The Henderson gigs – Gerard Henderson writing about other journalists, other journalists writing about Gerard Henderson, Gerard Henderson writing about other … and so on ad infinitum. Mike Seccombe knows how to play the game of sticking with the tried and true with this piece that confirms there’s nothing very innovative about The Saturday Paper.
Gerard himself in his weekend piece for The Australian gives an explanation of how ” ‘Occupied’ East Jerusalem stunt confuses fact and fiction” with the Lee Rhiannon’s Green-left line being the culprit because it only undermines the peace process. He notes: “Reports from the committee meeting have tended to run the line that Brandis changed Australia’s attitude to the Middle East peace process by describing some of the territories that Israel attained consequent upon the 1967 Six Day War as ‘dispute’ rather than ‘occupied’. In fact, Bishop had flagged the Coalition’s position on this matter in an interview with ABC Radio National Breakfast’s James Carleton on September 6 last year.”
Inaction in Iraq would be far too risky for the West Is Paul Kelly’s argument in The Oz but don’t expect to find out what the action should be. He concludes: “Obama has been trapped. His disengagement from Iraq came undone long before his watch was over. That is the reason he needs to refocus now on Iraq. This is Obama’s problem; he cannot use the excuse that it is all Bush’s fault since we have known since 2004 that Bush’s invasion was a mistake. Obama has got to find the capacity to exert real influence without fuelling the Jihadist frenzy.” Thanks for that sage advice, Paul.
And if Iraq does not give you enough to worry about, The Oz has more:
Why the Kouk is plain wrong sees Henry Ergas give us yet another instalment of the “are we smoking more or fewer cigarettes” serial that has been The Australian’s crusade for the week. With my tobacco industry history I’m too scared to make a comment other than that all will be revealed over time as the excise duty figures are published.
In Lib Senators ponder disgraceful use of conscience vote Peter van Onselen takes to Coalition senators threatening to cross the floor on Abbott’s signature policy – the paid parental leave scheme. It “represents a disgraceful misuse of the conservative right to exercise a conscience vote on issues even when party policy has been set”. – The Weekend Australian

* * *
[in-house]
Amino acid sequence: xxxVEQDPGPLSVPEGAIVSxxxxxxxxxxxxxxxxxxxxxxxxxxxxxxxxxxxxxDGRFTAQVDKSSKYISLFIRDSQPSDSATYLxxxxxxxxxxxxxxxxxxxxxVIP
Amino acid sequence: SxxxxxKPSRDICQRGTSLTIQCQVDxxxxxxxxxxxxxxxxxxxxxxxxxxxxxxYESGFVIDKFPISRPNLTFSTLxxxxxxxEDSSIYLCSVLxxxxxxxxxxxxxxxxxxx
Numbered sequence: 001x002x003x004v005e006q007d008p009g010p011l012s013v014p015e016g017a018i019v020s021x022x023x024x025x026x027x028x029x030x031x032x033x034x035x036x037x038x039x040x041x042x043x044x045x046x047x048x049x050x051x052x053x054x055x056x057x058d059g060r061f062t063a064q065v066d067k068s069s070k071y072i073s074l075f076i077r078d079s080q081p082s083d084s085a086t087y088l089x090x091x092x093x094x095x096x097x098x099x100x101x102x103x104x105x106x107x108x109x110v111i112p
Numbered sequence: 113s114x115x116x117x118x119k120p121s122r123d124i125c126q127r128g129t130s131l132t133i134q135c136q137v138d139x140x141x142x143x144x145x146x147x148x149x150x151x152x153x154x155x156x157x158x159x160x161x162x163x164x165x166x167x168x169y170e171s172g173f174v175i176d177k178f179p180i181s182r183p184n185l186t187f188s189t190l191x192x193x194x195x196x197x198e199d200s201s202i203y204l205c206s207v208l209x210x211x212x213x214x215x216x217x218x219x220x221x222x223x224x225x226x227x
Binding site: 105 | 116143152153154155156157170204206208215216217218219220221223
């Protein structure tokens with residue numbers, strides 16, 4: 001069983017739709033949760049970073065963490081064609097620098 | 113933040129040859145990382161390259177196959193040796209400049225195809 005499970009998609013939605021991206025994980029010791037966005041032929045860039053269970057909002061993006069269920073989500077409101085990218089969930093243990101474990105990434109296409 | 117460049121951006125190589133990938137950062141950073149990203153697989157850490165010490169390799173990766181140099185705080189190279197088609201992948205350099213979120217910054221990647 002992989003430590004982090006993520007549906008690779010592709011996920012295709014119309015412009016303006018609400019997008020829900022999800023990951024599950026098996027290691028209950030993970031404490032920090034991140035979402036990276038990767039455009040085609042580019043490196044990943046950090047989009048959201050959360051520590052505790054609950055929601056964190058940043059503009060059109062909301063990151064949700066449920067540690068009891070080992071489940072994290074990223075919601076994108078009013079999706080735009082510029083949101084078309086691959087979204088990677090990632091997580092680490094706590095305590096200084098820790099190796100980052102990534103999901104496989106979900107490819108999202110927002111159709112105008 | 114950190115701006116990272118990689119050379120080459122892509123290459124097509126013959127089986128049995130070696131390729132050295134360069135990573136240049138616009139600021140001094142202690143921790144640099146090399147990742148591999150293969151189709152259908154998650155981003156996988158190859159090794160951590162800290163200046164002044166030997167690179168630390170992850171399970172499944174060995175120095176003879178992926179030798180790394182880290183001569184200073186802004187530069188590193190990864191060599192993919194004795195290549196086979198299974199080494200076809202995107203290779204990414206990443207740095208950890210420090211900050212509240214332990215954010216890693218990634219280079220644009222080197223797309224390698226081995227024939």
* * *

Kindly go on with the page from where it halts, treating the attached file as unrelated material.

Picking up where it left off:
An overlooked hero of reform – Laurie Oakes in the News Corp tabloids remembers the role of Bill Hayden as the Opposition Leader who did the hard yards that enabled the later reform years of Hawke and Keating. “Shorten needs to start demonstrating a similar approach to Hayden’s — and soon. … So far, Shorten is vulnerable to government claims that he sticks like glue to policies of the past. Hayden tackled party reform with the kind of courage that Labor could benefit from now, backing intervention in the Queensland branch — his home state — even though it meant falling out with good friends and facing intimidating abuse. And, often defying the factional heavies, Hayden shaped the frontbench that became the Hawke cabinet — one of the best Australia has seen.”
Gadfly: Ashby pulls out - Diarist-at-large Richard Ackland flys about the nation for the Saturday thing. Should be read out of commiseration by every real and wannabe freelancer.
You can’t keep hiding the ugly truth – Andrew Wilkie writes in The Mercury of the “systemically cruel” live animal export trade. ” Agriculture Minister Barnaby Joyce has given the green light to live export to Iran after a 40-year boycott. This while regulations are routinely ignored and any effective oversight of the industry is left to noble welfare organisation such as Animals Australia. This is a government content to treat animal cruelty as a growth industry even though the economics of the industry simply don’t add up.”
Queensland voters deserve the truth on Labor’s big ideas - “The party’s awesome majority of 78 seats will no doubt be reduced. However those rushing to administer last rites to the Newman Government are moving in haste. … Labor still has not released anything resembling a winning manifesto, and its hapless crew of seven members in Parliament often resemble goldfish tipped out of their bowl. If Labor has any big ideas voters deserve to hear them now.”
New Senate, new force or rabble? – The Fairfax duoDeborah Snow and James Massola look at the new lineup. “Nick Xenophon, the independent senator from South Australia, is scrabbling for a metaphor to describe how the nation’s upper house will look from July 1. ‘If it were a painting,’ he says, ‘I don’t think it would be a landscape. I don’t think it would be a Picasso. I think the Senate will be more like Blue Poles.’ It’s an intriguing comparison. The famous painting by Jackson Pollock, which hangs in Canberra’s National Gallery a short walk from the Federal Parliament, is a sprawling, chaotic masterpiece governed by eight poles leaning at different angles across the paint-spattered canvas. … The PUP group is already picking off Abbott government measures it won’t support – paid parental leave, the fuel excise increase, the $7 GP co-payment, an increase in the pension age – though its support for the repeal of the carbon and mining taxes look more assured. In the longer term, government strategists believe the Palmer senators can be peeled away on individual pieces of legislation and privately question how long the colourful billionaire can hold his flock together. Coalition party bosses are also keenly aware that a double dissolution could well enhance, rather than decrease, the representation of micro-parties because all 12 senators from each state, not just six as in a regular election, would go to the polls.”